A Clash of Kings is basically Tyrion and Arya’s book – the former gets fifteen chapters while the latter gets ten. Despite that, these early Arya chapters feel a little tedious whereas Tyrion’s feel anything but. I would put this difference down to the fact that Tyrion’s chapters feel a lot more eventful – the last Arya chapter didn’t really feel weighty in terms of plot relevance and a crude summary of the chapter would have said that Arya has gone from belonging to the Watch to belonging to Gregor Clegane and everything that happened in between was just filler that was necessary to fill the gap between those two events. Tyrion’s chapters are different: in Tyrion’s chapters, it feels like there are ‘scenes’. This chapter, for example, is split into two ‘scenes’; first, Tyrion makes his arrangements with Hallyne and then he is confronted by Cersei. Both scenes are extremely relevant to the character, his arc and the plot itself.

Let’s start by talking about wildfire. It’s one hell of a drug – fire that can’t be quenched, fire that burns on top of water, a substance that can create a green hell for sailors. Most of what is discussed here about the Wildfire is fairly uninteresting to us since we already know what Tyrion plans to use it for. However, there is this:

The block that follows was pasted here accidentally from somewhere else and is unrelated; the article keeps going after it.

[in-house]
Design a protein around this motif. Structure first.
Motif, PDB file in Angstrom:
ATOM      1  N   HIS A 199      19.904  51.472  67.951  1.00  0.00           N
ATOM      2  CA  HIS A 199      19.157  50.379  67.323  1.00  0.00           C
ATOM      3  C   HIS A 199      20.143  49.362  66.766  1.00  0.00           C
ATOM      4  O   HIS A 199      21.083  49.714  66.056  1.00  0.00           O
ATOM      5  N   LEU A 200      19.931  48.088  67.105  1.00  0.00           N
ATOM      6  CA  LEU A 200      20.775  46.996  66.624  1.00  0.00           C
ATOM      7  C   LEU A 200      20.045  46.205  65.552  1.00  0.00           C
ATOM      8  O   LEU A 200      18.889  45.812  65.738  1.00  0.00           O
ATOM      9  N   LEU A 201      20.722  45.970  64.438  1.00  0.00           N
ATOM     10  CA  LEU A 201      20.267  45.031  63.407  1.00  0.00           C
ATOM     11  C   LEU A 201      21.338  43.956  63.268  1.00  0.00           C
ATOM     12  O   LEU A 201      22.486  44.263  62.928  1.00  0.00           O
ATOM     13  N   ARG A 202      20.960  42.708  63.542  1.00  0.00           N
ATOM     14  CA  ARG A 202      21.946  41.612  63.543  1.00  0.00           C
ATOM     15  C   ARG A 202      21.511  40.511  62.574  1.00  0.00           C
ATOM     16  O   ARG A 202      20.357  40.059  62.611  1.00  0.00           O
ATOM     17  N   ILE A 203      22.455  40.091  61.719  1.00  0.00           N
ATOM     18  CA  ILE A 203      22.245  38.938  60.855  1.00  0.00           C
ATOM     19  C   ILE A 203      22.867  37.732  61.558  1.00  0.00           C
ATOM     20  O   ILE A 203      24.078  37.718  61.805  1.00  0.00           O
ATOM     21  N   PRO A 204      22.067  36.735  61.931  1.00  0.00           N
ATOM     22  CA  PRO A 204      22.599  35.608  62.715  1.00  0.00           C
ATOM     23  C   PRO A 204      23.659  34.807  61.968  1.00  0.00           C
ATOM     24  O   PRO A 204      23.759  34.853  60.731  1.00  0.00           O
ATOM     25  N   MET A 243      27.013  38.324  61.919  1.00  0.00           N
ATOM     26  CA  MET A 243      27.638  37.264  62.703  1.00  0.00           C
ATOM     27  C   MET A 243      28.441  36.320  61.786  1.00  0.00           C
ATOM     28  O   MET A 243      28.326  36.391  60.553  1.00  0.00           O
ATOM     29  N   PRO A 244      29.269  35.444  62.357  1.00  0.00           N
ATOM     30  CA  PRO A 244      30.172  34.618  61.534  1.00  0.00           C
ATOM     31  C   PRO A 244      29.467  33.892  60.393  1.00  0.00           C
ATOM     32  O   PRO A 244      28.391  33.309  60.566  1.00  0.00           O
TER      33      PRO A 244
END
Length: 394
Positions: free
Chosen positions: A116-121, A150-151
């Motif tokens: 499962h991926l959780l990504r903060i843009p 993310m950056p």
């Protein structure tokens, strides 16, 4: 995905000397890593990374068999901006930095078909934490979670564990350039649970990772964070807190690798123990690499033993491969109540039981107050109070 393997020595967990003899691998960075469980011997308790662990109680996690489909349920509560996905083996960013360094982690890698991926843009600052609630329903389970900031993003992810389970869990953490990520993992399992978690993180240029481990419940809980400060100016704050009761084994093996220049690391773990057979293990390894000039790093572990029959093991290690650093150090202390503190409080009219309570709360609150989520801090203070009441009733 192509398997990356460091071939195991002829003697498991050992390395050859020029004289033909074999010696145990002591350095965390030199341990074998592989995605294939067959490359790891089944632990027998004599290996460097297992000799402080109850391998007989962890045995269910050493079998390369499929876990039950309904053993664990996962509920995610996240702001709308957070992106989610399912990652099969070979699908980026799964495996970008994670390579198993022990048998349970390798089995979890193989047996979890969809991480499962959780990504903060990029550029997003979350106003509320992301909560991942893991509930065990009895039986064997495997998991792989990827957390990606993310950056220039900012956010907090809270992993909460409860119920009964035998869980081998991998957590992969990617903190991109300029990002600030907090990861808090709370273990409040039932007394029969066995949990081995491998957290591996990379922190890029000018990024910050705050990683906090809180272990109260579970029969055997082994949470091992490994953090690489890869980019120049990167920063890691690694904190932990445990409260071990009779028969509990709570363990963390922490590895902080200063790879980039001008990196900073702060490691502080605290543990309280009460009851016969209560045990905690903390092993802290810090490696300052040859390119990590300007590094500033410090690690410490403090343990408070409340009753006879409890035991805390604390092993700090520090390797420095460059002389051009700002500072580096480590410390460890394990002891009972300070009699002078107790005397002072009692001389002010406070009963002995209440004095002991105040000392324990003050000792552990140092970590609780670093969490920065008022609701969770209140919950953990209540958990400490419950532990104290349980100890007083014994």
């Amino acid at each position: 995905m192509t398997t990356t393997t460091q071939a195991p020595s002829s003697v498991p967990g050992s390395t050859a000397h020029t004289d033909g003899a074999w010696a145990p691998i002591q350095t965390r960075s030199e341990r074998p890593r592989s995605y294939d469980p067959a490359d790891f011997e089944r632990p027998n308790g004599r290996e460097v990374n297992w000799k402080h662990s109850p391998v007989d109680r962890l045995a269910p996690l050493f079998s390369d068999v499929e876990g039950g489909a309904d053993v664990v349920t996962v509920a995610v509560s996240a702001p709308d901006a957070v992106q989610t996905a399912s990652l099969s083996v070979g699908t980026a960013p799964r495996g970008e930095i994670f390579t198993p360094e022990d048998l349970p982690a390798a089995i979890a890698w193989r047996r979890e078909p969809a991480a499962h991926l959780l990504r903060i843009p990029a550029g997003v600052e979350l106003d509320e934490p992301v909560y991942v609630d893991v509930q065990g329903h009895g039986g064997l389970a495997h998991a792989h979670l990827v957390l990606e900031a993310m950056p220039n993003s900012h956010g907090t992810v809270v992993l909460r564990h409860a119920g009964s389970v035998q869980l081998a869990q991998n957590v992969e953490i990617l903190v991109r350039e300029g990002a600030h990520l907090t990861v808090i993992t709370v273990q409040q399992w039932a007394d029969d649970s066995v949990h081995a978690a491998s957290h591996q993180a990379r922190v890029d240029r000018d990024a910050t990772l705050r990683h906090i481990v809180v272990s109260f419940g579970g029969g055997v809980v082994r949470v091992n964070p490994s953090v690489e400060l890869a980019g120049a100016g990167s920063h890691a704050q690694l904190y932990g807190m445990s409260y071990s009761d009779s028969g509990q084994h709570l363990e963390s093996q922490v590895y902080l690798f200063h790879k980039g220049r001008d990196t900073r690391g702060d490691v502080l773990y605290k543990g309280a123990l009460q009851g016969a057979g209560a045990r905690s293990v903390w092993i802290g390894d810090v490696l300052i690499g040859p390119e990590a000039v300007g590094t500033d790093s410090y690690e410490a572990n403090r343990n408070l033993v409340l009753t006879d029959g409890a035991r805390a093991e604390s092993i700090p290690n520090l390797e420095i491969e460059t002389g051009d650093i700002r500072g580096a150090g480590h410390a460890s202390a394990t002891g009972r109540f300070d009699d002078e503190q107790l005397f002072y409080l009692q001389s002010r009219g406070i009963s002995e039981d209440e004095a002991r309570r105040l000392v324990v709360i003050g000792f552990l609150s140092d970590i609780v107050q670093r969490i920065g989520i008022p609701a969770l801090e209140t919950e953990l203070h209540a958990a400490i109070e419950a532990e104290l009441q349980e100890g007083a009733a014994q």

Once theirs had been a powerful guild, but in recent centuries the maesters of the Citadel had supplanted the alchemists almost everywhere.

In the real world, this wouldn’t be too surprising. After all, it’s only natural that science would replace superstitious hocus-pocus and once the logic and reason of the maesters was established there would be no need for the mysticism of the pyromancers. Yet, this isn’t the real world. Westeros is a place where magic is a real thing and a place with that same logic and reason isn’t always the most reliable thing. What I’m getting at here is this: do the pyromancers have their own brand of magic like the warlocks and the red priests? Is there some link then, between the fall of the dragons, suspect to be orchestrated by the maesters of the Citadel and the weakening influence that the pyromancers had once the dragons disappeared?